Michele Bachmann has said some funny stuff--like that maybe members of Congress should be investigated for anti-Americanism--but maybe it's time for headlines to be a little kinder to the potential presidential candidate. It looks like Republican voters are taking her seriously (or least more seriously than they're taking Jon Huntsman, who's seen as a credible candidate despite having a single supporter in Public Policy Polling's latest from Iowa). Bachmann will be in the second Republican primary debate June 13--the first one with top-tier candidates--and, as is in keeping with her Tea Party leanings, she earned loud cheers from the crowd at Ralph Reed's Faith and Freedom Conference in Washington Friday, when she pledged to make President Obama a one-term president. The biggest cheers came when she vowed to kill Obama's health care overhaul: "I am committed: I will not rest until we repeal ObamaCare. America will not rest until we repeal ObamaCare... Take it to the bank, cash the check, it will be done." Will Bachmann get the chance to do it? Here are her strengths and weaknesses going into the race:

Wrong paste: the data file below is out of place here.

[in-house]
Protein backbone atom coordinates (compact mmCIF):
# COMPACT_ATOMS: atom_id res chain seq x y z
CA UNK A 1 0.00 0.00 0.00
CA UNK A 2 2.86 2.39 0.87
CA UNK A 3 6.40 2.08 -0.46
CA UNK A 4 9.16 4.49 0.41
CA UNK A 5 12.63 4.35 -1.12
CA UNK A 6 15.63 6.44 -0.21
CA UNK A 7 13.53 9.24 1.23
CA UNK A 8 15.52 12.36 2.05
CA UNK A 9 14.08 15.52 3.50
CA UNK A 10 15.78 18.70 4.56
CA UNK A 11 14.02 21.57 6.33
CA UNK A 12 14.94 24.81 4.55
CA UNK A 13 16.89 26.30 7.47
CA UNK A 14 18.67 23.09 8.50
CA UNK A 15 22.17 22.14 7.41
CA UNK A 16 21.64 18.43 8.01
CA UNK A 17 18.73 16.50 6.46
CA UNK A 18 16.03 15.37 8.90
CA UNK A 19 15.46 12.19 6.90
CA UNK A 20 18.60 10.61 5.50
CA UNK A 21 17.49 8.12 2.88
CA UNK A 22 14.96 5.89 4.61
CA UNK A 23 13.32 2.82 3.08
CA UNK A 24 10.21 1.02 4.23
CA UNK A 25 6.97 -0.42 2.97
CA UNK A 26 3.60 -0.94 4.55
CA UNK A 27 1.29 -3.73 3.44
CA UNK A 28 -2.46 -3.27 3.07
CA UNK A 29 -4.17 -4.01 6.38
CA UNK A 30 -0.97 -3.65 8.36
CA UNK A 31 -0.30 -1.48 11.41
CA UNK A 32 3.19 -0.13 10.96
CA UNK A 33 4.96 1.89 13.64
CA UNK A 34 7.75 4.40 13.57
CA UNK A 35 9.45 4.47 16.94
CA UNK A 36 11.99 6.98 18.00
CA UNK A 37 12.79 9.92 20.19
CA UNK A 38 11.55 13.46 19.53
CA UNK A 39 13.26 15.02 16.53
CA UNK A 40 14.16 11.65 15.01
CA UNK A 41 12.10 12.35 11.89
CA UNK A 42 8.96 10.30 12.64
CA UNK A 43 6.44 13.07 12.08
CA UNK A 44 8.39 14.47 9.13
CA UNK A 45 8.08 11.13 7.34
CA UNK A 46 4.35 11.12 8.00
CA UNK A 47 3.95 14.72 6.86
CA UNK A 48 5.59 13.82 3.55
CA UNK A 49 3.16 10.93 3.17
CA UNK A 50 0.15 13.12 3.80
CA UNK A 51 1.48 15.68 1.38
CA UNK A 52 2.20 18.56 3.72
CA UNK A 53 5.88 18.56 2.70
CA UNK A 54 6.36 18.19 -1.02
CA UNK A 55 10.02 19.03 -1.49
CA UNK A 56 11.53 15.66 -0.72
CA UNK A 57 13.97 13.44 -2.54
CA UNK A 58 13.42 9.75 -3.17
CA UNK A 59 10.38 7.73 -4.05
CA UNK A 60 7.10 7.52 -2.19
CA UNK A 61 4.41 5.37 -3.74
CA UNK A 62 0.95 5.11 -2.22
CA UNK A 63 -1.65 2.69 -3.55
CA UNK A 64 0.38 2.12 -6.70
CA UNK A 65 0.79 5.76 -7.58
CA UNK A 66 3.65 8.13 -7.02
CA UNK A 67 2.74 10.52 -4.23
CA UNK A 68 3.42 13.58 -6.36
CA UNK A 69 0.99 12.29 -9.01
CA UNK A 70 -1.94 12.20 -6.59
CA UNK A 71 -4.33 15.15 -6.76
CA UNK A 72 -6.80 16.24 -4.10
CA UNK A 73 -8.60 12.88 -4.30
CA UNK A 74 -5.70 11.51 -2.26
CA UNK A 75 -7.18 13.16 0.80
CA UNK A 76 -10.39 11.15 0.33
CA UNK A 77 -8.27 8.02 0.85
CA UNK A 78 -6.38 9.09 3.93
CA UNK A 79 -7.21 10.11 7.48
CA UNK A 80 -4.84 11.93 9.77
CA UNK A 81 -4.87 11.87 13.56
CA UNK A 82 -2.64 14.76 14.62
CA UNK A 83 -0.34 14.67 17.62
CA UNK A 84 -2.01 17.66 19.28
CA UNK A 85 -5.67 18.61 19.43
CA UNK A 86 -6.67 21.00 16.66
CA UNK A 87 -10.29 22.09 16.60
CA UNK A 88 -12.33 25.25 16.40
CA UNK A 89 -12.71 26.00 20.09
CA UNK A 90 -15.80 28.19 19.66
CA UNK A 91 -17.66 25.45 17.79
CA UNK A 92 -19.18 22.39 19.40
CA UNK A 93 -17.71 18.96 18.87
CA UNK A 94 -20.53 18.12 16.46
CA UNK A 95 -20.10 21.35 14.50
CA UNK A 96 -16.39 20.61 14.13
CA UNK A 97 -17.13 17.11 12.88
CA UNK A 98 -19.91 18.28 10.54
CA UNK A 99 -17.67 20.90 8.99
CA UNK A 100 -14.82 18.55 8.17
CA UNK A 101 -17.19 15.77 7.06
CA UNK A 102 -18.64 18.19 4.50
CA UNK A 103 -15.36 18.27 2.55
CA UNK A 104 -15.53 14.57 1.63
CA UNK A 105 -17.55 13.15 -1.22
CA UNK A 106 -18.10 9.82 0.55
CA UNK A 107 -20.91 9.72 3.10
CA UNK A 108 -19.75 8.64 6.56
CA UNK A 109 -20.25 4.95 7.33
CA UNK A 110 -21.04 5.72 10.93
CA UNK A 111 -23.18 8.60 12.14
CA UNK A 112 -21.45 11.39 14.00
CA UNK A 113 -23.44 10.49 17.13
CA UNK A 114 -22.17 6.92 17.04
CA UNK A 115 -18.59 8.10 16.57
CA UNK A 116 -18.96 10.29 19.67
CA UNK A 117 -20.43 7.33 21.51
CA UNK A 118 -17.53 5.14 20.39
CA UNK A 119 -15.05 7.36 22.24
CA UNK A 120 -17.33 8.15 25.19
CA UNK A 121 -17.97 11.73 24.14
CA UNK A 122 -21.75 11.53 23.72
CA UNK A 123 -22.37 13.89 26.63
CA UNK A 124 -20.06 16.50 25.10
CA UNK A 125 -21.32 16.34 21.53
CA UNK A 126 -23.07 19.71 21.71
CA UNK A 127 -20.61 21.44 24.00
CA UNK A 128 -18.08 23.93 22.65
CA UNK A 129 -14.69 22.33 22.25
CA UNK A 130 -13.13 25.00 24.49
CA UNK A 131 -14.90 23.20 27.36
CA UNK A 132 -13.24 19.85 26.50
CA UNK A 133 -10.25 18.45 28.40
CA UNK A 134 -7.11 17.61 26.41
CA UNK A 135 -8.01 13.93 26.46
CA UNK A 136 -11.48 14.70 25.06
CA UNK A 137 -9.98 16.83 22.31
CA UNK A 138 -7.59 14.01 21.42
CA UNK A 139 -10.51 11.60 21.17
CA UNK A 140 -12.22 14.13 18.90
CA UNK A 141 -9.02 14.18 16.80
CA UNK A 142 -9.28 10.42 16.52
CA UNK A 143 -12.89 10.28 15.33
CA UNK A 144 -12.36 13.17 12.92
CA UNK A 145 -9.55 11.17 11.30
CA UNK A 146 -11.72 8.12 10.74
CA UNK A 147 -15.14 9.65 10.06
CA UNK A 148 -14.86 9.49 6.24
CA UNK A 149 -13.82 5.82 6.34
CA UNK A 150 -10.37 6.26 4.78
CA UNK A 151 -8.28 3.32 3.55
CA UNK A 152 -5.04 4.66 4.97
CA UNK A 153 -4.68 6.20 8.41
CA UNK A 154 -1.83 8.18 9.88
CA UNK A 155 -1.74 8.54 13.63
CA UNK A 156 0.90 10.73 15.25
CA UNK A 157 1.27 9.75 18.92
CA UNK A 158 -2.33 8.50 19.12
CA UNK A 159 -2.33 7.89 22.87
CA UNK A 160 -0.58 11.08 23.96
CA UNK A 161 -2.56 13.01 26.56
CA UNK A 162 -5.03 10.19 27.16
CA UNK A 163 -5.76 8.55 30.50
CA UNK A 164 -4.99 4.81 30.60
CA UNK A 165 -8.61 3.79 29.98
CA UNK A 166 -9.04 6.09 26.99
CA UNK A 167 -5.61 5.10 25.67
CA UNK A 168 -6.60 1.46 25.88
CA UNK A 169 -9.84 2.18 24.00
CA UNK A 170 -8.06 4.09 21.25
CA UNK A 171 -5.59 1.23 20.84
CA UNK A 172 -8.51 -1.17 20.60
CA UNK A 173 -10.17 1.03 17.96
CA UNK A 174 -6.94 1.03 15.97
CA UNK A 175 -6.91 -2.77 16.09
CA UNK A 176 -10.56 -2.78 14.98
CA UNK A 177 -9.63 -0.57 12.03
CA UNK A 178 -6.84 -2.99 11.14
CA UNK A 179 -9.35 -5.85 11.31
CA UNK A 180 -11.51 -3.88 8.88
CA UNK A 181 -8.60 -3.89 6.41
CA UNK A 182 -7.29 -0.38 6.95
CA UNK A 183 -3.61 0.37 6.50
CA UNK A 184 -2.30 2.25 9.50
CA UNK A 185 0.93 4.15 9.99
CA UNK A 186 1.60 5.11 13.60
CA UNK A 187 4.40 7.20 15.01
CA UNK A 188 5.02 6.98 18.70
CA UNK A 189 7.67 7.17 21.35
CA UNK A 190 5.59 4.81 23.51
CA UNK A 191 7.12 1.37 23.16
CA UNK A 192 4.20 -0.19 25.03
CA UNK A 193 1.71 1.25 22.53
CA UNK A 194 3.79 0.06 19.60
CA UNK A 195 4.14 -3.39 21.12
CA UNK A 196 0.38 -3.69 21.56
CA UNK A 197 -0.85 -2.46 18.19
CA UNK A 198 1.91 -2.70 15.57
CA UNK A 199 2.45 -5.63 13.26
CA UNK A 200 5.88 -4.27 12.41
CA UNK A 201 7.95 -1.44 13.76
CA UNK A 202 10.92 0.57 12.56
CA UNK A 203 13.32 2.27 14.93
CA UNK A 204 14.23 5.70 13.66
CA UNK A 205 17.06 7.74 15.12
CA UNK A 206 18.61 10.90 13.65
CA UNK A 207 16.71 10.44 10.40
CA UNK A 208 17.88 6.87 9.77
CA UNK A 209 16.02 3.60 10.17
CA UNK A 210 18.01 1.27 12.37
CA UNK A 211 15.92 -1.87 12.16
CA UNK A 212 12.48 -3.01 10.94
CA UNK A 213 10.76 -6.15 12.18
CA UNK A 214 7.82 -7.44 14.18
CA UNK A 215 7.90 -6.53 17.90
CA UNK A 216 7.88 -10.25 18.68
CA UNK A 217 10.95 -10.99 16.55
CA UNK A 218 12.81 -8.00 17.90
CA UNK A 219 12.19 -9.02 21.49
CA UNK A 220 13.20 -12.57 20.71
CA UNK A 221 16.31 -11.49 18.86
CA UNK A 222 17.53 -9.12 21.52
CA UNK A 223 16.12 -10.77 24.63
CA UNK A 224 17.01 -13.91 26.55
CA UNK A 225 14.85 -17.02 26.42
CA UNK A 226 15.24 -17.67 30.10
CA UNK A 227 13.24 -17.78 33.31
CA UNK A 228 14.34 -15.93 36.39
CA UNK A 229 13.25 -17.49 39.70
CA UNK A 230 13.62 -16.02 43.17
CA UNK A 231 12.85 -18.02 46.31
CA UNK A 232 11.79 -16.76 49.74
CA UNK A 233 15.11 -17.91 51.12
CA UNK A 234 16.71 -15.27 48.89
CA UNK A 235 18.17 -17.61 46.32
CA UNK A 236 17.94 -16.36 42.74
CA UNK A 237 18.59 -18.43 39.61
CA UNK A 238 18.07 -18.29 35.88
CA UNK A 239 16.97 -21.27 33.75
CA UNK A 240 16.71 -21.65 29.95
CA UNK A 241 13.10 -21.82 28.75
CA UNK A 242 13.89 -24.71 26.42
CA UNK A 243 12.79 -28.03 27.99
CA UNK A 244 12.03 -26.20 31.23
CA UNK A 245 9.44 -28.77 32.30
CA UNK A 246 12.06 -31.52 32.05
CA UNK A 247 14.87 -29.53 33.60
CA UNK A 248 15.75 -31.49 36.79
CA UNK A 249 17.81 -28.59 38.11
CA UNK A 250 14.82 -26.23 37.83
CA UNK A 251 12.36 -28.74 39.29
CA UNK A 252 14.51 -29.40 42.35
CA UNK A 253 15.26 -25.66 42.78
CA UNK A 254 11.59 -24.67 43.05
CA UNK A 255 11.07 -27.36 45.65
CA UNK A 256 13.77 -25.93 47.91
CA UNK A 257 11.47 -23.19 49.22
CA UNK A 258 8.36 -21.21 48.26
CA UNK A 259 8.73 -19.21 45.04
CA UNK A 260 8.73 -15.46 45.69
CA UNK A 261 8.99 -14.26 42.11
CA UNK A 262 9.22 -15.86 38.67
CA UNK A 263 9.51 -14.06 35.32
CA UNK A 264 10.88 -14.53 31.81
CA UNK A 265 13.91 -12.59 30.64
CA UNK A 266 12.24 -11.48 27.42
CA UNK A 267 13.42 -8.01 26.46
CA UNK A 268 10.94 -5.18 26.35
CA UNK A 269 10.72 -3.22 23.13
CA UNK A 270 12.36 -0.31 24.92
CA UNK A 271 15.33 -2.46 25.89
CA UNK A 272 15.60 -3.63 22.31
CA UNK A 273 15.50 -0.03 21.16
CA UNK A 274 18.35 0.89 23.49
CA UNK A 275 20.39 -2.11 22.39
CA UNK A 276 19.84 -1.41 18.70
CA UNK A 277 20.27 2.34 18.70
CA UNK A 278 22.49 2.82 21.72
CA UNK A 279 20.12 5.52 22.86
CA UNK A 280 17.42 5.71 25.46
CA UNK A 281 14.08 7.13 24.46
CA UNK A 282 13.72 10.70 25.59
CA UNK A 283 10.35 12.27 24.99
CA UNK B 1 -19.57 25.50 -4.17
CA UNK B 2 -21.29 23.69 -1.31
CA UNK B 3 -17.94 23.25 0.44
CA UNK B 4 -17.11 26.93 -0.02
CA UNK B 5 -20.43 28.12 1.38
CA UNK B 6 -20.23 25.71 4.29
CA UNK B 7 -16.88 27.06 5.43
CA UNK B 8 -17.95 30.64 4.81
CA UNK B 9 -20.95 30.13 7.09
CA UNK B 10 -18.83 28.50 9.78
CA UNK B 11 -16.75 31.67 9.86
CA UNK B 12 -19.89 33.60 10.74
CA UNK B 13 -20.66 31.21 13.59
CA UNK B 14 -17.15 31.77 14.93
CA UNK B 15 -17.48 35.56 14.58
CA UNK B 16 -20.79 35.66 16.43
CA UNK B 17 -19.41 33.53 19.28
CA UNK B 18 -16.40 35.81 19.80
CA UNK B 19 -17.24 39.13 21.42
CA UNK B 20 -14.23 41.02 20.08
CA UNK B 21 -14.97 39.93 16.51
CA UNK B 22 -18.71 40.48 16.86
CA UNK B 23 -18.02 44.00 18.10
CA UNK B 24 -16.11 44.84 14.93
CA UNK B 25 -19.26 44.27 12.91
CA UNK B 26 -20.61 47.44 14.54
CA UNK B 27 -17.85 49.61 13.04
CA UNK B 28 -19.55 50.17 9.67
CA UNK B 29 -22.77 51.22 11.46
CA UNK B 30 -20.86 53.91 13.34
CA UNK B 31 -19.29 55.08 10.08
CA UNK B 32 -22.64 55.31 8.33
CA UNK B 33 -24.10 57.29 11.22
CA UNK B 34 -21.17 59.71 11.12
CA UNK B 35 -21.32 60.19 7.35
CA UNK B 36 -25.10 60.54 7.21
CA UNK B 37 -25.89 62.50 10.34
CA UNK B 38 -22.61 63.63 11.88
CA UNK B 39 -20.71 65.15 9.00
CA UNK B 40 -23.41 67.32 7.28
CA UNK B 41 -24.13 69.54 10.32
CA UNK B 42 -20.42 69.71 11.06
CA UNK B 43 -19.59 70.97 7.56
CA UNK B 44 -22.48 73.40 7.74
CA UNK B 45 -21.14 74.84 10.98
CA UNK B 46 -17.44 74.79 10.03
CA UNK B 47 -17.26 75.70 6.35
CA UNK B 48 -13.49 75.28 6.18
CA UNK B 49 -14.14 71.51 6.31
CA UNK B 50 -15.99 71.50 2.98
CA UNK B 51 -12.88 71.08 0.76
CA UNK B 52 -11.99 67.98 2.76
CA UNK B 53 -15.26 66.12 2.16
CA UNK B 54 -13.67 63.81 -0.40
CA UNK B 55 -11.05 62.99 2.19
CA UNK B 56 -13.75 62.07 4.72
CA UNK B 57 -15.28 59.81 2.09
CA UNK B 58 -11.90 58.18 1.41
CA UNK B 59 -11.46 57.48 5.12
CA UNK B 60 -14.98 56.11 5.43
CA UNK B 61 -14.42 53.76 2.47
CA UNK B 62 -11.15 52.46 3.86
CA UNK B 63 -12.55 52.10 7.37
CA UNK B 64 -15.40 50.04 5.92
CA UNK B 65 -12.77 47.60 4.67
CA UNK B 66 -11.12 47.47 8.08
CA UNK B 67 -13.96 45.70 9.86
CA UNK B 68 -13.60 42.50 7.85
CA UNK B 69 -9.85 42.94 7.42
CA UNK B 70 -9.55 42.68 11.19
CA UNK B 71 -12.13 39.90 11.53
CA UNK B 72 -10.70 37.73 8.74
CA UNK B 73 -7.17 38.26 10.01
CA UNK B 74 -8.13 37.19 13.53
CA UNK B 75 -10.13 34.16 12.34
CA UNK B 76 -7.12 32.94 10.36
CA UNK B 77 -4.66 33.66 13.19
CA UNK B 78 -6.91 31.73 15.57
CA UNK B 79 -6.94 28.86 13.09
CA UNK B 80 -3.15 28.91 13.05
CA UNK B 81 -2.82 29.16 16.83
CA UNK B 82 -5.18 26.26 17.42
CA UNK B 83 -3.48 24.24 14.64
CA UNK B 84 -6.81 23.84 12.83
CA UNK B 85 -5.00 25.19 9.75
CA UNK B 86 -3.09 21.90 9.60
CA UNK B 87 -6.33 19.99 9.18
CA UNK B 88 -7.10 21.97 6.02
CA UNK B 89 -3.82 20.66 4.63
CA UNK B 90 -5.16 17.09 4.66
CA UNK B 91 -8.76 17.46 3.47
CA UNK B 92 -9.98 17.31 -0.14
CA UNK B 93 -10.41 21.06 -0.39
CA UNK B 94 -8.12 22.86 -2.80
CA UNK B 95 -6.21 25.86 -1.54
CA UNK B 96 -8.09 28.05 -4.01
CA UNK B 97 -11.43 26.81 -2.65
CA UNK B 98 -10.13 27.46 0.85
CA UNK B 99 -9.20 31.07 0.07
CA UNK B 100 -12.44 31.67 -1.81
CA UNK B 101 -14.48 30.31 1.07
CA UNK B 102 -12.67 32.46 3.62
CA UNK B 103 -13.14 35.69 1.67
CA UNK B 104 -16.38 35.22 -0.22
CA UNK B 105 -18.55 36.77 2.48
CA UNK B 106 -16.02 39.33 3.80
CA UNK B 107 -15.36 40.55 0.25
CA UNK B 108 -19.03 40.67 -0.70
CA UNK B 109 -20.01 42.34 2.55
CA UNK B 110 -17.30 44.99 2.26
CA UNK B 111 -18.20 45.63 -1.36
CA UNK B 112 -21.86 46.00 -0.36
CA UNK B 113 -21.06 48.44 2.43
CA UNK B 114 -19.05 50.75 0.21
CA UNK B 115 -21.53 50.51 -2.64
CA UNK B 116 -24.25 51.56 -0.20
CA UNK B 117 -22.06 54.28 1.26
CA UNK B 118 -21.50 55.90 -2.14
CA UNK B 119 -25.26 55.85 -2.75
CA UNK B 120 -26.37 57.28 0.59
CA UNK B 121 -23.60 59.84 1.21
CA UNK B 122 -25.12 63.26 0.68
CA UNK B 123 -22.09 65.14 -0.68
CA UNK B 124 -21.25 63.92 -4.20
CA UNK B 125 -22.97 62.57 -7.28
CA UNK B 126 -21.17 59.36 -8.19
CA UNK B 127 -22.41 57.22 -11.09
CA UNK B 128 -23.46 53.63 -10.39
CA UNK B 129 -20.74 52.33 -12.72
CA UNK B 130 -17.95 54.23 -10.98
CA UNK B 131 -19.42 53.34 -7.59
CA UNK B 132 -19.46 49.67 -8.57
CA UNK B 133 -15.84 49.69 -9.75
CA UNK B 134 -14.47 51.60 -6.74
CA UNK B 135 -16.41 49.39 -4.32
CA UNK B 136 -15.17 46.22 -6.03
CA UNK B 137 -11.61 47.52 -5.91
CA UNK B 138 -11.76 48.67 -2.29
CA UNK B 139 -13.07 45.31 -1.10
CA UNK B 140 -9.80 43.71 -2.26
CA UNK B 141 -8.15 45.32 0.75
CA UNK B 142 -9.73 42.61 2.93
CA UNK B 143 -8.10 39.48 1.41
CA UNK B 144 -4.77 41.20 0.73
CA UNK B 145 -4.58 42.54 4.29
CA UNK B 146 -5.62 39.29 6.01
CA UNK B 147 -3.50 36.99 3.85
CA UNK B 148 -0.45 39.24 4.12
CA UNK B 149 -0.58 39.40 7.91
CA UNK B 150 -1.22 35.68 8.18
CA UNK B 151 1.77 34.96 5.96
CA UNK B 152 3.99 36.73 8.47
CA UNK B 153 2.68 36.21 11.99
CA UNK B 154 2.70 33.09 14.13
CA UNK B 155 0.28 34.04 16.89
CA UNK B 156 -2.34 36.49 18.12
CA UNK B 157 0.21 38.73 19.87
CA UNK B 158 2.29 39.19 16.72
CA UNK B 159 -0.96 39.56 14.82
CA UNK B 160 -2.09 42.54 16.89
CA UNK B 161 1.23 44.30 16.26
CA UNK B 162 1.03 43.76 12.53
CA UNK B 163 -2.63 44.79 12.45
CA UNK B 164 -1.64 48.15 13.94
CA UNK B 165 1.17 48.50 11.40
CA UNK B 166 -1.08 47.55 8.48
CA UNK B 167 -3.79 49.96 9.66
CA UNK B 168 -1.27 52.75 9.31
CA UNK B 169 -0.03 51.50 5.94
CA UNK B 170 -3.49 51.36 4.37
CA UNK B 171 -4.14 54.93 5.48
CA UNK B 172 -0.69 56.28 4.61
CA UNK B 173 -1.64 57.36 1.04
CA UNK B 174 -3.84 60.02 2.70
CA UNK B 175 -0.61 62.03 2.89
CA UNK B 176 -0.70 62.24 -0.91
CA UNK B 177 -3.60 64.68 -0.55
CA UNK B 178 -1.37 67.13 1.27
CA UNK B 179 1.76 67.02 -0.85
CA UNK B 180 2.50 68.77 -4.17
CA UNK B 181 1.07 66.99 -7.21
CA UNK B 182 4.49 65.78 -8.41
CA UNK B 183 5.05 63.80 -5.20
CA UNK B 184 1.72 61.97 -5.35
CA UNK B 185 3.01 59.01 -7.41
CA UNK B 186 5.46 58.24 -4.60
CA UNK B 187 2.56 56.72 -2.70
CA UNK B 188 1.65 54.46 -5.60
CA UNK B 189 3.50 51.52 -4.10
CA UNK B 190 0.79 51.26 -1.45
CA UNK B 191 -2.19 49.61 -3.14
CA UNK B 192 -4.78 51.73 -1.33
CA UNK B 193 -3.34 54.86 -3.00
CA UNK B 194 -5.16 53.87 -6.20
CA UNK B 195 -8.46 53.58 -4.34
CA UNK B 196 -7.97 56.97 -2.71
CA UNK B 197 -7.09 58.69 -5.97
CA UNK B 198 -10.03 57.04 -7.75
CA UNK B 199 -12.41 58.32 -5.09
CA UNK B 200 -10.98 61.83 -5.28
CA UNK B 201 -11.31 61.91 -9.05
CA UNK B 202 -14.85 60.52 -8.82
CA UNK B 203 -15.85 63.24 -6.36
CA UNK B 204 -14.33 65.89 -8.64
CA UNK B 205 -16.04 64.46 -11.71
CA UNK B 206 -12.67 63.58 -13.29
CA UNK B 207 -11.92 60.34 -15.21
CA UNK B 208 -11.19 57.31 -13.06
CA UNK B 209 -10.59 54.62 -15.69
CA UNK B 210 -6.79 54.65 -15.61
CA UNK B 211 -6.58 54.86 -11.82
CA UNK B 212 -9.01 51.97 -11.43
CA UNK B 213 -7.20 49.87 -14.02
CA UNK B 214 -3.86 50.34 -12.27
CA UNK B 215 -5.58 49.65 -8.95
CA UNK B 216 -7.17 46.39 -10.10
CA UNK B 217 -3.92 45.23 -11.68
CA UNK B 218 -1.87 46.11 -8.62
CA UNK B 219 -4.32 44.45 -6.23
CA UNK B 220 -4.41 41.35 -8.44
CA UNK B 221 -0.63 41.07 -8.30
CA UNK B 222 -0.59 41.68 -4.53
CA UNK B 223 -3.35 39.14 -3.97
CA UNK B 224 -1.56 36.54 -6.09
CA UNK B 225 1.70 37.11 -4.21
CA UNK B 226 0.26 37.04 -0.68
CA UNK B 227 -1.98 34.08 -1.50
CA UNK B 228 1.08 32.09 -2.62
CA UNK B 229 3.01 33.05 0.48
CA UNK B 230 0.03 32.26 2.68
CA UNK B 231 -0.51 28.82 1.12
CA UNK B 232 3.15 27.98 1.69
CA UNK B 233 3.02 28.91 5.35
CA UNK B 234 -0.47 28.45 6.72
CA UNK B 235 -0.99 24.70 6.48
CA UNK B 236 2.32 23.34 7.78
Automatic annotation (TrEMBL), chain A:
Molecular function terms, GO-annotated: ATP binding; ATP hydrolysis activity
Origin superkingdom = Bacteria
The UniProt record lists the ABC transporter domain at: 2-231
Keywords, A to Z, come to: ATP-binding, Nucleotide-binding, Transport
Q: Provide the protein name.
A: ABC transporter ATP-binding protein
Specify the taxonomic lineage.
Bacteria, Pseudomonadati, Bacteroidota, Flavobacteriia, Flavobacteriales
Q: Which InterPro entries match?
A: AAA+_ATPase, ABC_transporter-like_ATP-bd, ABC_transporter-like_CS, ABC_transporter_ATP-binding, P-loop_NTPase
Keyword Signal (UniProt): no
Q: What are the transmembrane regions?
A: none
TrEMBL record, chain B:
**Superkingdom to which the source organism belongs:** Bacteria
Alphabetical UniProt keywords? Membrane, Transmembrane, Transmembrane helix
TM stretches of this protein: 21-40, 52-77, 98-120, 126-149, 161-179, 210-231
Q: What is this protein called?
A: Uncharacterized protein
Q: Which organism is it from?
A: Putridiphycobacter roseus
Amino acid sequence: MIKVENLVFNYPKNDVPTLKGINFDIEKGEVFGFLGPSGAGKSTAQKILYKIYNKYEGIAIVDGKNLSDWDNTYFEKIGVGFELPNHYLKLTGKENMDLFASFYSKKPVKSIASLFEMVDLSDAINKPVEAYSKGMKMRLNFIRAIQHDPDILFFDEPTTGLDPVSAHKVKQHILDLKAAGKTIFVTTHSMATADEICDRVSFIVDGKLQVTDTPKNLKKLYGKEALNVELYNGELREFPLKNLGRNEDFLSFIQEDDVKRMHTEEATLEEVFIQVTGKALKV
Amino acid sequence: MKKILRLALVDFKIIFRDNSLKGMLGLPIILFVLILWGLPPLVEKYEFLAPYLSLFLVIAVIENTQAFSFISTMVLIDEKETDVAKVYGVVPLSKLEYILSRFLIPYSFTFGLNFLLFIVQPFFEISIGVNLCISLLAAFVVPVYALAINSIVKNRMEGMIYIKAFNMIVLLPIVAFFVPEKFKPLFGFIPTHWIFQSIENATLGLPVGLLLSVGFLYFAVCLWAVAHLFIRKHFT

She Knows How to Organize: Bachmann has been building her campaign infrastructure for months now. She's hired staff in early voting states, and her chief-of-staff is taking a leave of absence to work on her campaign. It shows her grassroots past, which Suzy Khimm detailed for Mother Jones. Bachmann "originally got involved in politics as a grassroots organizer—and she's used those skills to build up ground-level support and attract allies at every stage of her career. In the 1990s, she first garnered attention by organizing anti-abortion protests in the St. Paul area, then moved on to fight state regulation of education as a home schooling advocate. ... Last year, she launched Congress' first Tea Party Caucus of like-minded conservative legislators. More than 50 GOP House members have joined so far--and four senators have signed on as well."